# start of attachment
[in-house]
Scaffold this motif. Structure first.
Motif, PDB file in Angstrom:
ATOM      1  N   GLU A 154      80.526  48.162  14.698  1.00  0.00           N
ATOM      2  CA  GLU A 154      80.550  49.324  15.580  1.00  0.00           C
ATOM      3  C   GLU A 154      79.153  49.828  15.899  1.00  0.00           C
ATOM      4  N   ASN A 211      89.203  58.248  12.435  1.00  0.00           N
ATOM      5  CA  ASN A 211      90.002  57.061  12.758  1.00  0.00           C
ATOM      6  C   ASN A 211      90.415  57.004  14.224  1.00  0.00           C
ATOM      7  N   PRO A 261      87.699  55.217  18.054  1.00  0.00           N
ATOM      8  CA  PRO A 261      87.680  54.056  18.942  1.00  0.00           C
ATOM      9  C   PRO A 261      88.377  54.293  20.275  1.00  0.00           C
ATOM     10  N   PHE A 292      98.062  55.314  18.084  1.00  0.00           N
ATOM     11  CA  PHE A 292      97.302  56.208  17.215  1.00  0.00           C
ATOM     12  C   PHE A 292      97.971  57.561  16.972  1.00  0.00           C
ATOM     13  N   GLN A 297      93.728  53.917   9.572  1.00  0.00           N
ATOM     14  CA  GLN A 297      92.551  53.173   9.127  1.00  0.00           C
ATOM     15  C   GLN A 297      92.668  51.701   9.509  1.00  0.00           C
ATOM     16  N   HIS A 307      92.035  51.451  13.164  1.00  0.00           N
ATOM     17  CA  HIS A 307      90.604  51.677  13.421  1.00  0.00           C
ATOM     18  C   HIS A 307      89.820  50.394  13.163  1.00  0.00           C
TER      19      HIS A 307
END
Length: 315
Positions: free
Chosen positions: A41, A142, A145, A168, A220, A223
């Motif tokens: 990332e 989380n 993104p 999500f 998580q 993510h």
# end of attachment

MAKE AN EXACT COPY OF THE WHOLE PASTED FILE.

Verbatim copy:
[in-house]
Scaffold this motif. Structure first.
Motif, PDB file in Angstrom:
ATOM      1  N   GLU A 154      80.526  48.162  14.698  1.00  0.00           N
ATOM      2  CA  GLU A 154      80.550  49.324  15.580  1.00  0.00           C
ATOM      3  C   GLU A 154      79.153  49.828  15.899  1.00  0.00           C
ATOM      4  N   ASN A 211      89.203  58.248  12.435  1.00  0.00           N
ATOM      5  CA  ASN A 211      90.002  57.061  12.758  1.00  0.00           C
ATOM      6  C   ASN A 211      90.415  57.004  14.224  1.00  0.00           C
ATOM      7  N   PRO A 261      87.699  55.217  18.054  1.00  0.00           N
ATOM      8  CA  PRO A 261      87.680  54.056  18.942  1.00  0.00           C
ATOM      9  C   PRO A 261      88.377  54.293  20.275  1.00  0.00           C
ATOM     10  N   PHE A 292      98.062  55.314  18.084  1.00  0.00           N
ATOM     11  CA  PHE A 292      97.302  56.208  17.215  1.00  0.00           C
ATOM     12  C   PHE A 292      97.971  57.561  16.972  1.00  0.00           C
ATOM     13  N   GLN A 297      93.728  53.917   9.572  1.00  0.00           N
ATOM     14  CA  GLN A 297      92.551  53.173   9.127  1.00  0.00           C
ATOM     15  C   GLN A 297      92.668  51.701   9.509  1.00  0.00           C
ATOM     16  N   HIS A 307      92.035  51.451  13.164  1.00  0.00           N
ATOM     17  CA  HIS A 307      90.604  51.677  13.421  1.00  0.00           C
ATOM     18  C   HIS A 307      89.820  50.394  13.163  1.00  0.00           C
TER      19      HIS A 307
END
Length: 315
Positions: free
Chosen positions: A41, A142, A145, A168, A220, A223
């Motif tokens: 990332e 989380n 993104p 999500f 998580q 993510h």